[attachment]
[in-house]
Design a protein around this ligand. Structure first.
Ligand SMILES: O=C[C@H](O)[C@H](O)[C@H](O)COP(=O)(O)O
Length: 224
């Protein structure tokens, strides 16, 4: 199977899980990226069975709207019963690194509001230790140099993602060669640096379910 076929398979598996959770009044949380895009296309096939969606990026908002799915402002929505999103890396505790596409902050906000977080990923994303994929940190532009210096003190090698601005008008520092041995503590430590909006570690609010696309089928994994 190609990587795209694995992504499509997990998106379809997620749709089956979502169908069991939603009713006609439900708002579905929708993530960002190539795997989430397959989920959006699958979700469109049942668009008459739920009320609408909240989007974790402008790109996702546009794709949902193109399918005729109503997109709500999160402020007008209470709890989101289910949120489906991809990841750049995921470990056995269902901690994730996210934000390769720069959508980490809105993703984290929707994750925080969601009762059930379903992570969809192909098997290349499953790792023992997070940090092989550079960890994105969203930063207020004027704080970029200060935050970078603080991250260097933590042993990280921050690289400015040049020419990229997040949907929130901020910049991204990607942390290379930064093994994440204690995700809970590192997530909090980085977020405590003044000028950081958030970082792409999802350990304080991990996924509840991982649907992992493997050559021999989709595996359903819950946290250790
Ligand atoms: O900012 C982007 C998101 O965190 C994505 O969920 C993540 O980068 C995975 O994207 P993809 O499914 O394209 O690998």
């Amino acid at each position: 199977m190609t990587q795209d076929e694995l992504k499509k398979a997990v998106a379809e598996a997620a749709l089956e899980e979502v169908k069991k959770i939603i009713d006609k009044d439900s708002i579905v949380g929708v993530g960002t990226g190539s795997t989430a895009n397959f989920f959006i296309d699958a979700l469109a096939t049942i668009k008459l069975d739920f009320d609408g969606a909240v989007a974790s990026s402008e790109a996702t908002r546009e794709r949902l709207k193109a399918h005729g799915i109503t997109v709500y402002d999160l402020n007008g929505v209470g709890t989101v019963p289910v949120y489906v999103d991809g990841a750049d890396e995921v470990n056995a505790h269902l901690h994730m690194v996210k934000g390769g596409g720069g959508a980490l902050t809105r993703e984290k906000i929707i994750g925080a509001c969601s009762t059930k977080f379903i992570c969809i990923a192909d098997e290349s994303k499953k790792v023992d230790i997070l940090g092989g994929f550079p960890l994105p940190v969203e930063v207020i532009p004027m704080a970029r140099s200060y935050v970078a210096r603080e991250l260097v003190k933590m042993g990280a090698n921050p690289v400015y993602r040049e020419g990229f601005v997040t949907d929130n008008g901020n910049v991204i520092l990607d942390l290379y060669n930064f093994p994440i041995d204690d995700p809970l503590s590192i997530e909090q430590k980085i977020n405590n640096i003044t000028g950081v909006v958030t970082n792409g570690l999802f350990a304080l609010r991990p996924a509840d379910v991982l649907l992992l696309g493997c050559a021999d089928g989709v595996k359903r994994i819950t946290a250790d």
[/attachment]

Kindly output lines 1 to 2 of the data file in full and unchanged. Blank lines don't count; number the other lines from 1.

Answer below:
[in-house]
Design a protein around this ligand. Structure first.